̶ Well, I don’t know how mad you were when you wrote Self-Portrait with Sphinx…
The fervour of her mouth, the lushness of her lips: Bocca basciata non perde ventura, anzi rinnuova come fa la luna.
̶ …all I know is that I love it! Especially the Winged Fiend! Where does it come from, your view of the Sphinx?
̶ The Greeks. The Egyptian Sphinx is masculine. He’s a figure of the sun god, an emblem of royal power. The Greek Sphinx is far more interesting, simply because she’s feminine. In Hesiod’s Theogany she’s the child of a woman-serpent and her son, a dog with two heads.
̶ On ancient Greek vases she’s an incubus—lion’s body, woman’s head, eagle’s wings and serpent’s tail.
̶ Like on the cover of the album?
̶ Yes. And what do you see in it?
̶ In Moreau’s painting?
̶ Well, it’s very erotic. You feel the attraction.
The syncopation of her speech, the accent of her English: Is it only because we’ve just made love that I find her voice hovers between music and language?
̶ Yes. And that’s far more interesting than the fight between hero and monster.
̶ Because of the enigma?
̶ Yes. The enigma substitutes for the fight. And the fight, of course, is already a substitute for fucking.
̶ And the second enigma?
̶ ‘Who are the two sisters who bring each other into being?’
̶ The night and the day! Where does that come from?
̶ It’s not in Sophocles. It’s a later addition.
̶ You use it brilliantly, that sun and moon motif.
̶ Masculine-feminine. Everything derives from that.
And then I told you of La chambre secrète, Robbe-Grillet’s instantané that, at Film School, Fernando had asked Ariane to read. She did. And when he asked her if she’d play the woman in it, she said she would. A few weeks later there she was, naked on her back on velvet cushions, chains stretched from her ankles and wrists and blood dripping from her breast: You could have heard a pin drop in the screening room. Fernando had brilliantly captured the mystery in Moreau’s painting, the allure of Robbe-Grillet’s narration. Out of the play between curling smoke plumes and shadowy colonnades, Oriental tapestries and a brilliant blood stain, Ariane’s body distilled an intense eroticism: I knew that body, and I felt proud. But more than pride, I felt gratitude, for it was Ariane who’d shown me that sex in the bedroom need not be the shadow of sex in the head: It can be its enactment.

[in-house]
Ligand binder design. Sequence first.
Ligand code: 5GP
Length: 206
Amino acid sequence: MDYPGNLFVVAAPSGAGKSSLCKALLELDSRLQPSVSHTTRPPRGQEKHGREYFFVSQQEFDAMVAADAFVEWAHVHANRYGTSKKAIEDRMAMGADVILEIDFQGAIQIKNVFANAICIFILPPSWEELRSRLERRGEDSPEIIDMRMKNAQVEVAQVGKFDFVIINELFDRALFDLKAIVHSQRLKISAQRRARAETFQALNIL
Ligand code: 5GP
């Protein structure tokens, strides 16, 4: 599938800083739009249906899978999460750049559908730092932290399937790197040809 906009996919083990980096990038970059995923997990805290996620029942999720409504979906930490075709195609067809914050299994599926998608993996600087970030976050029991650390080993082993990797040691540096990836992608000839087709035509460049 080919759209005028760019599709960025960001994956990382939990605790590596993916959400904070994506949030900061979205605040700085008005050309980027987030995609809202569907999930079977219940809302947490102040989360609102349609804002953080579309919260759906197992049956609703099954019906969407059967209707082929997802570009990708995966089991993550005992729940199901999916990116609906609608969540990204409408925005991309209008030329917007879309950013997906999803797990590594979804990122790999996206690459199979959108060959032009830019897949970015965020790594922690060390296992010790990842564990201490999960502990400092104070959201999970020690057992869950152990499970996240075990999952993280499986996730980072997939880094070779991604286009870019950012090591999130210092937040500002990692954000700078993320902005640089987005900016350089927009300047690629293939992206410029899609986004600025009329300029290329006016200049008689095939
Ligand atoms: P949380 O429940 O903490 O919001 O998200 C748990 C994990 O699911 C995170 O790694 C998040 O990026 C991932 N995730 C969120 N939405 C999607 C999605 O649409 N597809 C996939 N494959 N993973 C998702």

From Edward Lucie-Smith, Symbolist Art (London: Thames and Hudson, 1972) pp. 63-69
Gustave Moreau must be the central figure in any discussion of Symbolist art. In comparison with his contemporaries, Moreau emerges as an artist of a very special and distinctive kind. As Mario Praz points out in The Romantic Agony, ‘Moreau followed the example of Wagner’s music, composing his pictures in the style of symphonic poems, loading them with significant accessories in which the principal theme was echoed until the subject yielded the last drop of its symbolic sap.’ We may also apply to Moreau’s work a comment made by the American critic Victor Brombert on Flaubert’s Salammbô. He remarks on the ‘immobilization of life and animation of the inanimate’ to be found in that work: ‘As a result of this double tendency, the distinction between the organic and the inorganic vanishes, and being and becoming tend to merge.’
Moreau was an advocate of two linked principles: the Beauty of Inertia and the Necessity of Richness. He himself remarked: ‘Where a work of the imagination is concerned, one must only love, dream a little, and refuse to be satisfied—under pretext of simplicity—with the obvious.’ Like that of Burne-Jones, Moreau’s rise to fame was a gradual one. Despite the eminence of his admirers and the vocal nature of their enthusiasm, he has always remained something of a special taste.
His earliest work shows the very pronounced influence of Delacroix. In 1850 he met and was much influenced by Chassériau, whose taste for spangled, jewelled colour had a great influence on the formation of Moreau’s style. In 1856 he followed a long-established tradition among French artists by making a visit to Italy. He remained there for four years, and was especially attracted by the Primitive painters, archaic vases, early mosaics and Byzantine enamels. In 1864, he made his first real impact in the official Salon with his Oedipus and the Sphinx. Already his work was gaining a reputation for being eccentric and odd; one commentator said it was ‘like a pastiche of Mantegna created by a German student who relaxes from his painting by reading Schopenhauer’.
He was savagely attacked by the critics for the works which he sent to the Salon of 1869, and thereafter he tended to withdraw more and more from the rat-race of official art. He was represented in the Salon of 1872, for example, and then not until that of 1876. After 1880, he no longer exhibited.